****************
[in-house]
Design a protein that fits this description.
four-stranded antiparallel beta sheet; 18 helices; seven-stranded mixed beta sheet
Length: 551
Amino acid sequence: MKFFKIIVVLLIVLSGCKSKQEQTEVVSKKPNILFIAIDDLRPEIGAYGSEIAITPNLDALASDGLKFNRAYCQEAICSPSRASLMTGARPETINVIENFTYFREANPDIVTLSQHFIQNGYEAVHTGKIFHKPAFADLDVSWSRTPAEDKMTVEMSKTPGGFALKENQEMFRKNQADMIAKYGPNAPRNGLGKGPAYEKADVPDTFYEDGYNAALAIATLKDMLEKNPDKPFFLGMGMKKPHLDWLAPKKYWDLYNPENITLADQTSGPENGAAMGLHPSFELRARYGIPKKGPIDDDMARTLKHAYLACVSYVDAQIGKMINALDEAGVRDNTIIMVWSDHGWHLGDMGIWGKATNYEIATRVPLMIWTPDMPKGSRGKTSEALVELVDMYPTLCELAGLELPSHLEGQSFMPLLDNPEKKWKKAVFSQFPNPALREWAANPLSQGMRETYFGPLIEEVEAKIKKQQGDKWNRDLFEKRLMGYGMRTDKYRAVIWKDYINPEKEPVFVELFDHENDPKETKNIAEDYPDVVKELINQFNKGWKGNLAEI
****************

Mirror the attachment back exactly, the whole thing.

[in-house]
Design a protein that fits this description.
four-stranded antiparallel beta sheet; 18 helices; seven-stranded mixed beta sheet
Length: 551
Amino acid sequence: MKFFKIIVVLLIVLSGCKSKQEQTEVVSKKPNILFIAIDDLRPEIGAYGSEIAITPNLDALASDGLKFNRAYCQEAICSPSRASLMTGARPETINVIENFTYFREANPDIVTLSQHFIQNGYEAVHTGKIFHKPAFADLDVSWSRTPAEDKMTVEMSKTPGGFALKENQEMFRKNQADMIAKYGPNAPRNGLGKGPAYEKADVPDTFYEDGYNAALAIATLKDMLEKNPDKPFFLGMGMKKPHLDWLAPKKYWDLYNPENITLADQTSGPENGAAMGLHPSFELRARYGIPKKGPIDDDMARTLKHAYLACVSYVDAQIGKMINALDEAGVRDNTIIMVWSDHGWHLGDMGIWGKATNYEIATRVPLMIWTPDMPKGSRGKTSEALVELVDMYPTLCELAGLELPSHLEGQSFMPLLDNPEKKWKKAVFSQFPNPALREWAANPLSQGMRETYFGPLIEEVEAKIKKQQGDKWNRDLFEKRLMGYGMRTDKYRAVIWKDYINPEKEPVFVELFDHENDPKETKNIAEDYPDVVKELINQFNKGWKGNLAEI